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Clever ways homeowners can conserve water

Perhaps you’re feeling the urge to help out the environment, starting at home. Or maybe you’re starting to take notice of a rise in your water bill, slowly increasing every month. With a limited amount of fresh water on the planet, water conservation is an important subject that affects the lives of everyone, and whatever the underlying reason, there are a variety of ways to begin conserving water at home that will be beneficial to both the Earth, and to your wallet.

While some of these tips will be more involved than others, the important point to note about conserving water is that the effect is cumulative, so every step is another step in the right direction. With that in mind, here are some clever water saving devices for your home that can help conserve water, and that you may not have considered yet.

Changes to the Shower

In general, showers are much more efficient than baths, taking up around 10–15 gallons of water per five-minute shower, compared to around 70 gallons per bath. To take the water conservation to the next level, there are several water saving devices for showers, as well. A low flow, or aerating, shower head can be installed, to cut down on the overall amount of water used during a shower by mixing air into the water’s stream from the shower head, limiting the overall water used while showering. There is a bit of noticeable water pressure drop in the shower head after installation, which is by design of the water head, and indicative that the shower head is working.

Additionally, consider installing a water cut off nozzle. This water saving device sits between the shower head and the pipe and is used the halt the flow of water while lathering in the shower. Once the nozzle is flipped on again, the water resumes flowing, without any temperature fluctuations, so it will continue being hot and steamy.

Changes to the Toilet

No matter what, the toilet will see regular usage in a home. While a water-conserving toilet, such as a low-flow toilet, is one of the strongest choices to help cut-down on water usage through flushing, there are other devices to retrofit regular flow toilets as well. For instance, installing a dual flush trigger onto a regular flush toilet will help by limiting the amount of water used for flushing, depending on what is being flushed. The dual trigger uses a pair of buttons in lieu of a handle — the first releases a lower amount of water, while the second is used when full flushing power is required.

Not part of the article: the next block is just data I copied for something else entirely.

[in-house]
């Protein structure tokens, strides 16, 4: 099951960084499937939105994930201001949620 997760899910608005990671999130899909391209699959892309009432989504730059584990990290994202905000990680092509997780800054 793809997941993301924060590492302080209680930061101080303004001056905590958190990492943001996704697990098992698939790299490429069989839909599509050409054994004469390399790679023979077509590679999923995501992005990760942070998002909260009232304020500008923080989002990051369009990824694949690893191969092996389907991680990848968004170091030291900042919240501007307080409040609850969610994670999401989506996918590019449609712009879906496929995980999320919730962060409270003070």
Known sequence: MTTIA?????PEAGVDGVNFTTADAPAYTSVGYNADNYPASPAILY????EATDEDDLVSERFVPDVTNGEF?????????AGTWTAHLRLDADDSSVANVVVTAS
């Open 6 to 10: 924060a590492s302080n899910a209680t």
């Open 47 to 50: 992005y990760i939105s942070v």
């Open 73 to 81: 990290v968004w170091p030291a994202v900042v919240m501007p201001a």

Another addition that can help conserve water in the toilet is with the installation of an inflatable toilet tank bag. Once inflated, the bag sits inside the toilet tank, forcibly limiting the amount of water used to fill the tank, and cutting down on the water flowing through the pipes after a flush. While looking at the toilet tank, it’s also a good idea to check the rubber seal connecting the tank to the bowl. If this seal is older, or lose, and the toilet is running more often than it should be, then the toilet is using up water unnecessarily. Using a toilet tank dye tablet, or food coloring if you have it on hand, can help you identify if the tank is leaking through the rubber seal, as the dyed water will begin tinting the water in the toilet bowl, signally that it’s time to replace the rubber toilet tank seal.

Changes to the Home

Stepping outside the bathroom, there are larger water saving devices that can be installed throughout the home, as well. A grey water diverter can be installed that will collect and recycle the used water from the dishwasher, shower, and washing machine, to be re-used for these same tasks. Once installed, though, homeowners will need to be more mindful of the substances they use for washing dishes, clothes, and themselves, as certain soaps and detergent agents can contaminate the water, making it unable to be recycled.

On the higher end, investing in high-efficiency appliances cuts down on the water used for everyday cleaning tasks. Ensuring that your appliances are ENERGY STAR certified, or carry the EPA WaterSense label, means that your machines are certified to be more water and energy efficient, which will start to be reflected in both your energy and water bills as they see more regular usage.

Conserving water seems like a major task that’s difficult to accomplish, and requires a plethora of special tools and techniques. In reality, more than anything, it requires a conscientiousness about how, when, and why water is being used in your home. By taking a few extra steps to install devices that partially limit the flow of water, and by only using water when necessary, without being frivolous, then we will all begin seeing big gains in water conservation.

If you’re looking for more tips on how you can employ more practical water conservation methods at home, or if you need assistance with the installation of any new device or appliance, the experts at Duane Blanton Plumbing are available to provide guidance by phone at (815) 781-2567, or reach out online through the online scheduling portal.

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